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Blue catfish

Ictalurus furcatus

Catfish Family

Freshwater Fish Identification

Blue catfish

Common Name(s):
Channel cat, hump-back blue
Blue catfish have a forked tail, and are sometimes very similar to channel catfish. However, only the Rio Grande population has dark spots on the back and sides. The number of rays in the anal fin is typically 30-35, and coloration is usually slate blue on the back, shading to white on the belly.
Similar Fish:
Channel catfish, white catfish
Feeding Habits:
The blue catfish pursues a varied diet, but it tends to eat fish earlier in life. Although invertebrates still comprise the major portion of the diet, blue catfish as small as four inches in length have been known to consume fish.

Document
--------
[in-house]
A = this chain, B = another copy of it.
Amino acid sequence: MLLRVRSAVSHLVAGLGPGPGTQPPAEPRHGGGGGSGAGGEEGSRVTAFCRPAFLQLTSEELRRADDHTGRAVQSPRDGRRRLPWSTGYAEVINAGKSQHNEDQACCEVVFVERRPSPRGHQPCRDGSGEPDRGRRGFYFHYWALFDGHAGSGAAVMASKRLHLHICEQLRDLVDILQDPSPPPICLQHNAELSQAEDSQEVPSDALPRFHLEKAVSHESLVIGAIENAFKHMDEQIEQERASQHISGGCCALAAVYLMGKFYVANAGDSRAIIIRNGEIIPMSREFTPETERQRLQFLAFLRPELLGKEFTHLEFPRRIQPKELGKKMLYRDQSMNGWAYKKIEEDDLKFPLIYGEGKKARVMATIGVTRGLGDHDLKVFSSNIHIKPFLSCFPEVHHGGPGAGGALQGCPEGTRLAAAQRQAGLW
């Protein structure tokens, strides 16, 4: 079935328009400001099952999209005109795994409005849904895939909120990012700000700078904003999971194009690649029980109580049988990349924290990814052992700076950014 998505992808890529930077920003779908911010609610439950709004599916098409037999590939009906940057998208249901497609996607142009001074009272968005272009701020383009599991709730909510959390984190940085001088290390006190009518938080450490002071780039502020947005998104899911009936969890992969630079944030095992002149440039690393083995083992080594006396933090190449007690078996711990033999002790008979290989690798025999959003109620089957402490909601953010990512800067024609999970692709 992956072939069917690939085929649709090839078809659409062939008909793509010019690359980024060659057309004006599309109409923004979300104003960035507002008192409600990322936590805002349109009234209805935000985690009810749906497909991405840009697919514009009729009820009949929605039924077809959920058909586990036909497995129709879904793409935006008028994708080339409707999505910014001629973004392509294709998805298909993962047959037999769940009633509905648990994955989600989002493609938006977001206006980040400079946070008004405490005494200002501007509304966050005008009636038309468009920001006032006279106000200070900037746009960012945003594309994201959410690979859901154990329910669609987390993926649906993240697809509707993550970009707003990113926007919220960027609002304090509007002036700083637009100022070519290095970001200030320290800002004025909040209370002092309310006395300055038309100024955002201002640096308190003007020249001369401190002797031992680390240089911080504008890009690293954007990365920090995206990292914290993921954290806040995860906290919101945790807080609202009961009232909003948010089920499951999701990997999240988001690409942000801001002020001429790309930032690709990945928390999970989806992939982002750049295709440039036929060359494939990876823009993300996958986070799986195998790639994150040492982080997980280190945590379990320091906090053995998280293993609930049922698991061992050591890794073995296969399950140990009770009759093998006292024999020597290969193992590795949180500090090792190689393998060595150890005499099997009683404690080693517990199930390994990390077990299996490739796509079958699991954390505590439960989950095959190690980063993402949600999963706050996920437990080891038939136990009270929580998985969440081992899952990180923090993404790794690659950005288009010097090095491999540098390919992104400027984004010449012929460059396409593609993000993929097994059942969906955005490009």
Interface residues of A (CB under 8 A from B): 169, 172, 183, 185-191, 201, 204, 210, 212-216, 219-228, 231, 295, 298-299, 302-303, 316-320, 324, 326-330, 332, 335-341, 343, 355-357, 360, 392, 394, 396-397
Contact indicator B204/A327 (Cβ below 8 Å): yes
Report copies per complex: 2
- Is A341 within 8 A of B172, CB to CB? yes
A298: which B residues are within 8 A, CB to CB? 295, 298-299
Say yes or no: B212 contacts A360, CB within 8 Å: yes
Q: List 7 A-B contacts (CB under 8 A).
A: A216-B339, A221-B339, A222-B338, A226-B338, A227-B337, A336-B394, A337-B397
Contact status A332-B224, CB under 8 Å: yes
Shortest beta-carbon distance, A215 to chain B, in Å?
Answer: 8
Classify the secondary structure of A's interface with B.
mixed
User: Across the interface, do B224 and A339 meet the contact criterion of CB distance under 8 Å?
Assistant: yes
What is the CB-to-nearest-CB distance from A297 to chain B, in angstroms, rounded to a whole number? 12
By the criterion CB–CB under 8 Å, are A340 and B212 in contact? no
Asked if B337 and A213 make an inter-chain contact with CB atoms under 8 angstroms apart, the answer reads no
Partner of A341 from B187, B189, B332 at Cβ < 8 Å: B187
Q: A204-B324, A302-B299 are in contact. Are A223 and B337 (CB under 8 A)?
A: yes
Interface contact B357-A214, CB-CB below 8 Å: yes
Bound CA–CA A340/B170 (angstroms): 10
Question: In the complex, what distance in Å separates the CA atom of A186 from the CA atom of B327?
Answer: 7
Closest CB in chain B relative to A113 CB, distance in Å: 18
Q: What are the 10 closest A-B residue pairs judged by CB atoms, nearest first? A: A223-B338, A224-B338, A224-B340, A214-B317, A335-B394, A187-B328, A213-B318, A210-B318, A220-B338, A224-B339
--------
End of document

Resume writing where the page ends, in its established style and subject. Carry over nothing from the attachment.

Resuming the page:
Blue catfish are native to major rivers of the Ohio, Missouri, and Mississippi river basins. The range also extends south through Texas and into Mexico.
Blue catfish are primarily large-river fish, occurring in main channels, tributaries, and impoundments of major river systems. They tend to move upstream in the summer in search of cooler temperatures, and downstream in the winter in order to find warmer water.
Typical Size:
Blue catfish are the biggest of the catfish and commonly attain weights of 20 to 40 pounds, and may reach weights well in excess of 100 pounds.
World Record:
121 pounds, 8 ounces (Source - IGFA)